I started thinking about tools this morning and came up with this matrix:
I think it is accurate but I’m not sure how useful it is or how it could be used.
I’ll explain it a bit.
As you can see in the top left quadrant, it is easy to find tools for common, simple tasks. For example, putting a hole in your wall to hang something. You can pick up a hammer and a nail at a local hardware store for a very low cost.
In the bottom left quadrant are tasks that are more specific to your needs or that you may only need to do every once in a while. Because they are rare you are unlikely to have the perfect tool but because they are simple you can probably adapt one you already have. For example, here in the southern United States we don’t get much winter weather so I don’t have a tool for getting ice off my windshield, but a credit card will do the job.
The top right quadrant is complicated but common tasks. It is still easy to find tools although they are generally more expensive than simple tools. Due to the high level of complexity the tool must have more generic features in order to keep the problem common and to solve it for as many people as possible. But due to the tool being more generic, you must adapt to it. Most computers and software would be in this category. For example, if you need to send email newsletters you have a variety of tools available but you will need to learn the way they work rather than it adapting to your needs. You have to follow its workflow.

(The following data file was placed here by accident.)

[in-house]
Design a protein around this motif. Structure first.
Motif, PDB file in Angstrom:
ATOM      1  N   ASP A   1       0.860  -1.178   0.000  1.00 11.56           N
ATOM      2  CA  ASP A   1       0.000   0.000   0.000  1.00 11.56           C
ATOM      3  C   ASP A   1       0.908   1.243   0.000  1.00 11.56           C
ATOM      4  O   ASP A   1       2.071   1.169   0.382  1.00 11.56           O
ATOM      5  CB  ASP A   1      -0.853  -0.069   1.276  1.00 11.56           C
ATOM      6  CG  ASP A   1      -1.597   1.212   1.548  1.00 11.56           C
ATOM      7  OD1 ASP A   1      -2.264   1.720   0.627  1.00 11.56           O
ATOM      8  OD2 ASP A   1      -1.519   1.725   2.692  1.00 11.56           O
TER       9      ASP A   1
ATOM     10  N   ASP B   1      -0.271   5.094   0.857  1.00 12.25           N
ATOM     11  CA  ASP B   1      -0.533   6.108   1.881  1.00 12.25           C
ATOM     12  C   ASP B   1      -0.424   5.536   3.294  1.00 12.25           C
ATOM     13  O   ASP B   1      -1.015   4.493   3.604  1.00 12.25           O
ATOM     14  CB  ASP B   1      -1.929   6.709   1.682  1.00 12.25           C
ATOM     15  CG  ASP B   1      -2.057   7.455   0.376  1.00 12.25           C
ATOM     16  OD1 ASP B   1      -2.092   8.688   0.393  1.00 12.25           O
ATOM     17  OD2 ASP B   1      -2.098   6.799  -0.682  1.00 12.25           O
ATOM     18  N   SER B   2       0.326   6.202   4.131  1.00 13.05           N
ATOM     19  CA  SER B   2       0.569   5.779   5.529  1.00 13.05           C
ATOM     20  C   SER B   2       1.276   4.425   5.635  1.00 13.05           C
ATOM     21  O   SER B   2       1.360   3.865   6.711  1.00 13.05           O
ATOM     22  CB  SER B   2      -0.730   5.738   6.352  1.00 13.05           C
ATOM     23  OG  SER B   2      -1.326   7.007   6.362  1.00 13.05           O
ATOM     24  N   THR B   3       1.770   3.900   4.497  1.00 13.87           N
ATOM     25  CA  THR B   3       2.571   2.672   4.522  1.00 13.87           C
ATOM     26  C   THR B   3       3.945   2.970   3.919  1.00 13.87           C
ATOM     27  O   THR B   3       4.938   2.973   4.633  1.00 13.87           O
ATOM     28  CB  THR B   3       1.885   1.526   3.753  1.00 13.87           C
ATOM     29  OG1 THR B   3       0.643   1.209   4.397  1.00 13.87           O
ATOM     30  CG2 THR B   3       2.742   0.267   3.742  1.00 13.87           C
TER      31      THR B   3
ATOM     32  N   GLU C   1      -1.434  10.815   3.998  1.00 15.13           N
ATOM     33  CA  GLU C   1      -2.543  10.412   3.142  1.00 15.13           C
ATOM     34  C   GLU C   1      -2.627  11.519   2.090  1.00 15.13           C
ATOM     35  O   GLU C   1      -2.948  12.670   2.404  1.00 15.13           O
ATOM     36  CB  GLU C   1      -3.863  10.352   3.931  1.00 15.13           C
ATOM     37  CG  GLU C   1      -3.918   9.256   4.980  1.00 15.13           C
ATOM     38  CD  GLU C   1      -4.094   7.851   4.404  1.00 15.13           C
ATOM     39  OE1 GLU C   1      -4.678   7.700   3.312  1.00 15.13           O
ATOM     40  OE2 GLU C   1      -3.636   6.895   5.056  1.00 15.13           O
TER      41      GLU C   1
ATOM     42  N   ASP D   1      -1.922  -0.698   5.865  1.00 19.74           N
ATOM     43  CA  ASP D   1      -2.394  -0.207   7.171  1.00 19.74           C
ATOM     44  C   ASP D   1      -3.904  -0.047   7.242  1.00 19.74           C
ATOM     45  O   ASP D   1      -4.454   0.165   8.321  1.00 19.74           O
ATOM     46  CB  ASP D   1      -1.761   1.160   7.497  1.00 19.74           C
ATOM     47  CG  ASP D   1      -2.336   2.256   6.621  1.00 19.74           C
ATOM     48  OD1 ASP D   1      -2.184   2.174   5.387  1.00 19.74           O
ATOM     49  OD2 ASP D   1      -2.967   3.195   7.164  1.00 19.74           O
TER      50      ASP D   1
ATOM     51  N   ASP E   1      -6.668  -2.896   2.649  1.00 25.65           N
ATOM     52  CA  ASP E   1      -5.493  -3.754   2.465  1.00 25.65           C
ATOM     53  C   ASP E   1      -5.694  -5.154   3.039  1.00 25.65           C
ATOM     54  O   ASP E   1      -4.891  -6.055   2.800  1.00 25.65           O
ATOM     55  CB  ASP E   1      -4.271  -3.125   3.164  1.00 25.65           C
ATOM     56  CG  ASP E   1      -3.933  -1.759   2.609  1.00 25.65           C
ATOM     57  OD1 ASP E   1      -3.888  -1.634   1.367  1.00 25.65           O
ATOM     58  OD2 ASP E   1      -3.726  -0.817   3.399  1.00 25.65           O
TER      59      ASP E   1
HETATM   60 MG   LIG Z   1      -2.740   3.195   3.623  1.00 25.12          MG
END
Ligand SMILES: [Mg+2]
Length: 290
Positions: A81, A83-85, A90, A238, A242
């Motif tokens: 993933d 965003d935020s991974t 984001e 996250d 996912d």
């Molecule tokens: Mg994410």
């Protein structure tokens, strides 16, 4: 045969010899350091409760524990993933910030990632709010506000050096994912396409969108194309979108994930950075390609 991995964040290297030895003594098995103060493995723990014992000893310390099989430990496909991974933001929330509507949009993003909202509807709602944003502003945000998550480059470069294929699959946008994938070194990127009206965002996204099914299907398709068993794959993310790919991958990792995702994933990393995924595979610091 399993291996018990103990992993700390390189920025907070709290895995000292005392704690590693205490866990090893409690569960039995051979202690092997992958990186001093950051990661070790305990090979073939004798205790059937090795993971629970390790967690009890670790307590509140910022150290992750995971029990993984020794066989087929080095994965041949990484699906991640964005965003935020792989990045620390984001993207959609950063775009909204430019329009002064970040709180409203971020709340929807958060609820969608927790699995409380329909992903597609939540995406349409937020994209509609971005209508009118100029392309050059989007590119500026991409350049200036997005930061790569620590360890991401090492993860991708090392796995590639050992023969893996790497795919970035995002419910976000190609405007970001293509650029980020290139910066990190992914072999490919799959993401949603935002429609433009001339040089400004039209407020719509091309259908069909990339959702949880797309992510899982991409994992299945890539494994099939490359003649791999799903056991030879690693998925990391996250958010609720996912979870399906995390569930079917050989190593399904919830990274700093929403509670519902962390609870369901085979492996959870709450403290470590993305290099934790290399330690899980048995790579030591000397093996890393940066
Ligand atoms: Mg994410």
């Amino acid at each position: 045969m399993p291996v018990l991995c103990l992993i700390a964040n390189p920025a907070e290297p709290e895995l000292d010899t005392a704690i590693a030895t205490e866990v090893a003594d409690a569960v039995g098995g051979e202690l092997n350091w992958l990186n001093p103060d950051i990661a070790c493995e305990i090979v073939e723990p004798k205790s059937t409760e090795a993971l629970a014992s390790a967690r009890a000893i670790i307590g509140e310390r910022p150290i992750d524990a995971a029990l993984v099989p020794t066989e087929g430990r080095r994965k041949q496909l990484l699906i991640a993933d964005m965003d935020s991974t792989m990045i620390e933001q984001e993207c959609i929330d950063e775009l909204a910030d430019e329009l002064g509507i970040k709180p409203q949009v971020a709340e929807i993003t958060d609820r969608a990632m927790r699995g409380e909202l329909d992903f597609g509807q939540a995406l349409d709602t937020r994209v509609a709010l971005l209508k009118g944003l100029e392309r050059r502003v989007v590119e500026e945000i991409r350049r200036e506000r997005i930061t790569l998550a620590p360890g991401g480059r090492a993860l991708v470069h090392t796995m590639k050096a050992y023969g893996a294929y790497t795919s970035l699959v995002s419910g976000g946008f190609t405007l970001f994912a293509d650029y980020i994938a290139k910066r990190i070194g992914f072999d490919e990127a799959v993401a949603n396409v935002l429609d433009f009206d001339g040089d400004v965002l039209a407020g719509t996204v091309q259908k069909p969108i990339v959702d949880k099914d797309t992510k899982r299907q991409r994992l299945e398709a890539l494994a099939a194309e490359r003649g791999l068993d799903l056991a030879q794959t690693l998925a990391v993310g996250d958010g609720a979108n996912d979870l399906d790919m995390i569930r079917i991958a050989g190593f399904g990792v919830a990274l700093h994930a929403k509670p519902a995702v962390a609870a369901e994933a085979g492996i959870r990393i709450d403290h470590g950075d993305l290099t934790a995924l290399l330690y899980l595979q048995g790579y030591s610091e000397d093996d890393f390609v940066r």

The bottom right quadrant contains complicated and uncommon tasks. For these you usually have to create your own tools. For example, if you’ve created a piece of hardware with novel functionality and you want to be able to control it with your phone over the Internet you won’t find an off-the-shelf solution. This is the quadrant I like to live in because I really like creating these tools for people.